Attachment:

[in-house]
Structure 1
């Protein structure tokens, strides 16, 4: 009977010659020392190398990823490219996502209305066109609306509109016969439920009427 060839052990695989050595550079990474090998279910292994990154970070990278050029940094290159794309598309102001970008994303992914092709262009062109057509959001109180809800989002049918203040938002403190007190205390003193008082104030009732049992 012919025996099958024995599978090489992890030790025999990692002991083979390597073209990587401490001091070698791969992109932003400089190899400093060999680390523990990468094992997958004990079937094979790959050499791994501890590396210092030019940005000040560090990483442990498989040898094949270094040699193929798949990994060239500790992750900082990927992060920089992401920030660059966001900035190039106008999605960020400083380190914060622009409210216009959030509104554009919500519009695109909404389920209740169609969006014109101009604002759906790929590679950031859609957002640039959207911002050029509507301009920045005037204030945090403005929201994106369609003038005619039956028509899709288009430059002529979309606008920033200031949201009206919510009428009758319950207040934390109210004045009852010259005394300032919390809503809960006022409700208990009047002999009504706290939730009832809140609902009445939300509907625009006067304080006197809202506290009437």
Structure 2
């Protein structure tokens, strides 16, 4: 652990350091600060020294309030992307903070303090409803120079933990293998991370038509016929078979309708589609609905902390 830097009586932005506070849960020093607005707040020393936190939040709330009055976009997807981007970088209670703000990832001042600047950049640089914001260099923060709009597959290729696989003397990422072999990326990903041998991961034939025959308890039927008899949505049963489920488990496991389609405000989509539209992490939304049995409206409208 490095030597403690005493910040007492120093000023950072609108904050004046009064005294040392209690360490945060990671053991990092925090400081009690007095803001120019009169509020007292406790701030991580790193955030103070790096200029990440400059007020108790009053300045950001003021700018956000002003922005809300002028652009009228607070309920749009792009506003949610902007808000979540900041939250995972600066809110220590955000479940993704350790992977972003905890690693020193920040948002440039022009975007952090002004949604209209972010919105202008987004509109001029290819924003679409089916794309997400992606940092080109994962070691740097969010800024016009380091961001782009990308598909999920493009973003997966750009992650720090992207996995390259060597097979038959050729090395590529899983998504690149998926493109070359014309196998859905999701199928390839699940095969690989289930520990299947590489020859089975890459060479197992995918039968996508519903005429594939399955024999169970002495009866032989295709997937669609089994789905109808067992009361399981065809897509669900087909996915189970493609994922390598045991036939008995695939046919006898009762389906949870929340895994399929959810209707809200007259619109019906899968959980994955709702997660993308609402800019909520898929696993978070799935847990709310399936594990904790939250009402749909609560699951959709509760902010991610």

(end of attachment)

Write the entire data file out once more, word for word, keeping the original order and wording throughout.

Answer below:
[in-house]
Structure 1
């Protein structure tokens, strides 16, 4: 009977010659020392190398990823490219996502209305066109609306509109016969439920009427 060839052990695989050595550079990474090998279910292994990154970070990278050029940094290159794309598309102001970008994303992914092709262009062109057509959001109180809800989002049918203040938002403190007190205390003193008082104030009732049992 012919025996099958024995599978090489992890030790025999990692002991083979390597073209990587401490001091070698791969992109932003400089190899400093060999680390523990990468094992997958004990079937094979790959050499791994501890590396210092030019940005000040560090990483442990498989040898094949270094040699193929798949990994060239500790992750900082990927992060920089992401920030660059966001900035190039106008999605960020400083380190914060622009409210216009959030509104554009919500519009695109909404389920209740169609969006014109101009604002759906790929590679950031859609957002640039959207911002050029509507301009920045005037204030945090403005929201994106369609003038005619039956028509899709288009430059002529979309606008920033200031949201009206919510009428009758319950207040934390109210004045009852010259005394300032919390809503809960006022409700208990009047002999009504706290939730009832809140609902009445939300509907625009006067304080006197809202506290009437």
Structure 2
């Protein structure tokens, strides 16, 4: 652990350091600060020294309030992307903070303090409803120079933990293998991370038509016929078979309708589609609905902390 830097009586932005506070849960020093607005707040020393936190939040709330009055976009997807981007970088209670703000990832001042600047950049640089914001260099923060709009597959290729696989003397990422072999990326990903041998991961034939025959308890039927008899949505049963489920488990496991389609405000989509539209992490939304049995409206409208 490095030597403690005493910040007492120093000023950072609108904050004046009064005294040392209690360490945060990671053991990092925090400081009690007095803001120019009169509020007292406790701030991580790193955030103070790096200029990440400059007020108790009053300045950001003021700018956000002003922005809300002028652009009228607070309920749009792009506003949610902007808000979540900041939250995972600066809110220590955000479940993704350790992977972003905890690693020193920040948002440039022009975007952090002004949604209209972010919105202008987004509109001029290819924003679409089916794309997400992606940092080109994962070691740097969010800024016009380091961001782009990308598909999920493009973003997966750009992650720090992207996995390259060597097979038959050729090395590529899983998504690149998926493109070359014309196998859905999701199928390839699940095969690989289930520990299947590489020859089975890459060479197992995918039968996508519903005429594939399955024999169970002495009866032989295709997937669609089994789905109808067992009361399981065809897509669900087909996915189970493609994922390598045991036939008995695939046919006898009762389906949870929340895994399929959810209707809200007259619109019906899968959980994955709702997660993308609402800019909520898929696993978070799935847990709310399936594990904790939250009402749909609560699951959709509760902010991610």